Friday, September 12, 2014

DVD(s) of the Week: Documentary Catch-Up


The feature-length documentary can be a bit of an unsung hero of cinema. There are some that hit big - last years Blackfish, which we've still not seen yet as a recent example - but certainly in the local cinemas near us they rarely get shown so they're a bit of a staple of our DVD rental list, just to keep up. And there are some great ones out there - not just the iconolastic, Micheal Moore-style polemics, but also the thoughtful, intelligent investigations or discussions about subjects that benefit from a decompressed running time and that little bit of extra prestige that the format seems to bring. We've caught up on a couple over the last few weeks, so it makes sense to review them together.

Tim's Vermeer
First up, Tim's Vermeer, produced and directed by Penn and Teller. This is basically exploring the long-running debate about Vermeer's painting, and whether he was using some sort of optical assistance like a Camera Obscura to help him create the light effects in his work. I've followed this debate causally for a while, as it seems to intersect with a lot of divisions in Art and Art criticism, especially from those who seem to think that if he did use these sorts of aid, that would somehow invalidate his genius or artistic merit in some way. Which is nonesense, if you ask me, but there you have it.

The film follows Tim Jenison as he attempts to recreate Vermeers (alledged) painting techniques, and re-create The Music Lesson using them. It's a gentle, engaging movie that talks a lot about Vermeer, and the questions around his art, as well as the trial and error to duplicate it.  And you know what? I'm sold on the idea, frankly - I've love Vermeer, and I've been lucky enough to see a couple in the flesh and they're incredible. Ultimately it doesn't matter how he did it, because they'd still be incredible. But on balance if Vermeer not only had that understanding of composition and colour, but also the technical know-how to build something that helped him achieve that on canvas, then my estimation of him can only go up.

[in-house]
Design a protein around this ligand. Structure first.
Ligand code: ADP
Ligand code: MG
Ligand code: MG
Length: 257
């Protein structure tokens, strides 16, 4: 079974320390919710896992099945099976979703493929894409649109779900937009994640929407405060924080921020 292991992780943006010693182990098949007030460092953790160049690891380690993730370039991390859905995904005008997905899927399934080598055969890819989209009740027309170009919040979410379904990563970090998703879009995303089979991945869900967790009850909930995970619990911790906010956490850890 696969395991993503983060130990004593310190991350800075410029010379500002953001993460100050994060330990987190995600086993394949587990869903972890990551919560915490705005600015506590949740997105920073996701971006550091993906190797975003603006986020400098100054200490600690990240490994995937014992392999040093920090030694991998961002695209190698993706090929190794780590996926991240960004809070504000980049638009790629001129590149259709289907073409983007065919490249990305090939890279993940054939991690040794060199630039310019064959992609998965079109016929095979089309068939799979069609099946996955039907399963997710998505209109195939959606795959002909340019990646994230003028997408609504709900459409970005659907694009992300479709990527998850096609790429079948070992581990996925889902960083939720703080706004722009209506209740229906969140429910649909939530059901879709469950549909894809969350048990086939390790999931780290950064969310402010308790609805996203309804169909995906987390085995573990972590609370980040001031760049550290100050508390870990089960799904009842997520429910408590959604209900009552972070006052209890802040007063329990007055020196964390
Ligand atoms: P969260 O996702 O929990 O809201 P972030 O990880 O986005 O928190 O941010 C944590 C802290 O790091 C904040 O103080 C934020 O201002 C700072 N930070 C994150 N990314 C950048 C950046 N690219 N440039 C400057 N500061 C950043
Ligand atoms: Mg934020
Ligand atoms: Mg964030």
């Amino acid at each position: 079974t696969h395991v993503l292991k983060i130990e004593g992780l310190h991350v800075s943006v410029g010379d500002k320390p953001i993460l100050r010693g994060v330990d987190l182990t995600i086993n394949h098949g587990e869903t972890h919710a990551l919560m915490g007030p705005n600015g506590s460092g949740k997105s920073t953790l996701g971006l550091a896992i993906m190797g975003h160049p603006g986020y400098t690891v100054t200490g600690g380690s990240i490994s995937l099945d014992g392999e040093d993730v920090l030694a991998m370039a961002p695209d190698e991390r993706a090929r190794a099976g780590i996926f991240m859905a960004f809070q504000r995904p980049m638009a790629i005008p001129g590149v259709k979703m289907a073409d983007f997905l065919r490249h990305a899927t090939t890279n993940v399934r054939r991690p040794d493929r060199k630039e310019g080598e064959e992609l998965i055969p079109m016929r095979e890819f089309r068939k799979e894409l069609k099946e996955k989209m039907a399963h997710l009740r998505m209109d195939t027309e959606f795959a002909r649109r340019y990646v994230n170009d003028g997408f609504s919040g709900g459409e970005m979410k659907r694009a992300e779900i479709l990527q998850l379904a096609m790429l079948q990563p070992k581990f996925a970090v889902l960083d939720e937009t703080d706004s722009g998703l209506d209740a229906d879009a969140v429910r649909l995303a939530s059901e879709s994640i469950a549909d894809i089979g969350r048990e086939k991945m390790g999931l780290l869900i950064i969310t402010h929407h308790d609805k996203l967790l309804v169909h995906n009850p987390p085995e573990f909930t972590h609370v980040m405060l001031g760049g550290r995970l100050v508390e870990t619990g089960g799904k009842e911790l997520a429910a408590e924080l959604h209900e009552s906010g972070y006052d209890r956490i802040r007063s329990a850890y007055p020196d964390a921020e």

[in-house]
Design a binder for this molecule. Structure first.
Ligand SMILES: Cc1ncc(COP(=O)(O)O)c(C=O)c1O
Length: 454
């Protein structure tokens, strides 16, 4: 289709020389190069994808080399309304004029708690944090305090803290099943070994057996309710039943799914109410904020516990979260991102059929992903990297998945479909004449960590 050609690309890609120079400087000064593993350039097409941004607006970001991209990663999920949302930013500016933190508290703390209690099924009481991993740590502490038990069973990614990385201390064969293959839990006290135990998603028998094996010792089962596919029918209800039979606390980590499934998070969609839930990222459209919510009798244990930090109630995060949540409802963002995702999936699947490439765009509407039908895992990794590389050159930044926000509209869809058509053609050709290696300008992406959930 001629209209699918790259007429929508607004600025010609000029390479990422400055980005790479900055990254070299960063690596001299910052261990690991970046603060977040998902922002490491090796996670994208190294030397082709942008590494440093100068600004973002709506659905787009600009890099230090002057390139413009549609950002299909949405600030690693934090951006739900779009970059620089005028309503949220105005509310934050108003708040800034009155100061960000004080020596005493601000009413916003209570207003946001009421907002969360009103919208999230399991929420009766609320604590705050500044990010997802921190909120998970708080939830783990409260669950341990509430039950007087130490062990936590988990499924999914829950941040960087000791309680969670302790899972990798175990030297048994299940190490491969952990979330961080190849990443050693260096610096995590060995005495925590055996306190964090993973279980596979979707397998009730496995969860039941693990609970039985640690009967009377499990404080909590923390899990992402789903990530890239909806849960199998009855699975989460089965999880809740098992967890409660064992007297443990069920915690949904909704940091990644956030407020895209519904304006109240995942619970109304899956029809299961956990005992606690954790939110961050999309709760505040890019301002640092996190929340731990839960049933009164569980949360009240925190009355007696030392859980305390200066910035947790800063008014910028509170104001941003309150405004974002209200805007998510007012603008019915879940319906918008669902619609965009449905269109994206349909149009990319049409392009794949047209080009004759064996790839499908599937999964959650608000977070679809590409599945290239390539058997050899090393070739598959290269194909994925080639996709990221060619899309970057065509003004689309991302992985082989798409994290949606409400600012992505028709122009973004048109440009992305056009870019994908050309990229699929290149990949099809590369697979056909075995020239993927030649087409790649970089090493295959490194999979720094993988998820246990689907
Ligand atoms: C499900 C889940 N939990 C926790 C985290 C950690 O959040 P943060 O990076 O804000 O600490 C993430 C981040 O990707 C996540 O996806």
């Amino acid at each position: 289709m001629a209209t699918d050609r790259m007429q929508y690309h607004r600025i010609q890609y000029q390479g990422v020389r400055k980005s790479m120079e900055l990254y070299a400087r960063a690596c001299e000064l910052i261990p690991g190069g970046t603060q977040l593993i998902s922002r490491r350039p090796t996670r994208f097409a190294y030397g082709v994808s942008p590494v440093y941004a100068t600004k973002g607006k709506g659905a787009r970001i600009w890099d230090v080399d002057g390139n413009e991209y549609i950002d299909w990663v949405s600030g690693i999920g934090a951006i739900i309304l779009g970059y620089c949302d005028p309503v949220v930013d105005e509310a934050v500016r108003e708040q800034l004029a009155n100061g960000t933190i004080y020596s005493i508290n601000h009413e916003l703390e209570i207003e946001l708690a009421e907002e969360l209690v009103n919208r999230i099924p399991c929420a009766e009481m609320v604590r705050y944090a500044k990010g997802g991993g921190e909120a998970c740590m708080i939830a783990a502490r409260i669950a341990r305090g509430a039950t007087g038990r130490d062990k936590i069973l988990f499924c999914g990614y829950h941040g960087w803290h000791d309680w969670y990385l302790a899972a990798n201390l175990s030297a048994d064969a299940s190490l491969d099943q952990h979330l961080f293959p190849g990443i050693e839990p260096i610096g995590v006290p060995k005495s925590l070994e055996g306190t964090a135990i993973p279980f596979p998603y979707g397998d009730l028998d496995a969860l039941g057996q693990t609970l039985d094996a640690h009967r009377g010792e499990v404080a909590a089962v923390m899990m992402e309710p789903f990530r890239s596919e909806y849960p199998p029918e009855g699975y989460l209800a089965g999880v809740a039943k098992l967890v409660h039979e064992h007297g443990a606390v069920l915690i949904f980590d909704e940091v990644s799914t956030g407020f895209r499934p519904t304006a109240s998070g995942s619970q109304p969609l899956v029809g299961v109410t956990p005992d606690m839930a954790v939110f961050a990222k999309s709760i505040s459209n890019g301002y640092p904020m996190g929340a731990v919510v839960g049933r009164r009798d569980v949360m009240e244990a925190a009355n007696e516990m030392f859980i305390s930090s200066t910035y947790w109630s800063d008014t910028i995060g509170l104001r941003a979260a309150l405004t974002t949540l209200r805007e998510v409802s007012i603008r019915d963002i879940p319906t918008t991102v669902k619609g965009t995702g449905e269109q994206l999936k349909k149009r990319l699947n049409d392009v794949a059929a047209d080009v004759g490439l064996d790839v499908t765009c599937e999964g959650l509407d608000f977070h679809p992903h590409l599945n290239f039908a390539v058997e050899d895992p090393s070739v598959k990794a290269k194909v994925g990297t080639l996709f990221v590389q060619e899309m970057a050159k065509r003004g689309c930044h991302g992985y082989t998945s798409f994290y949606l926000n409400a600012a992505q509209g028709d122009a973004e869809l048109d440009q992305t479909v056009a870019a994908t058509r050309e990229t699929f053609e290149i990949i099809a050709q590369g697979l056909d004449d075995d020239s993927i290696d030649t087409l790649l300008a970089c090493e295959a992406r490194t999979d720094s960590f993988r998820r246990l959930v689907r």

20 Feet from Stardom
Its strange to think it, but the sound of Rock and Roll is shaped, in no small part, by the voices of its backing singers. 20 Feet from Stardom is their story, the story of these women whose voices you will have heard thousands of times, but whose names you'll never have heard, and it's a poignant one, too. Talking to a range of women (and a few men) back from the sixties right up to the present, with contributions for a good selection of artists who've used them through the years.

It's a bittersweet story; these singers clearly love their jobs and are hugely proud of their work, but at the same time many of them tried for their moments at the front of the stage and still carry those scars. It's also a strong subtext - outright spoken late in the running time - that these were black women that industry used to prop up the singing voices of "more commercial" white artists, and they carry the scars and resentments from that too. But despite this, the film still sounds and feels joyous, a celebration of talent often unrewarded, and in the modern digital age, an art in danger of being lost.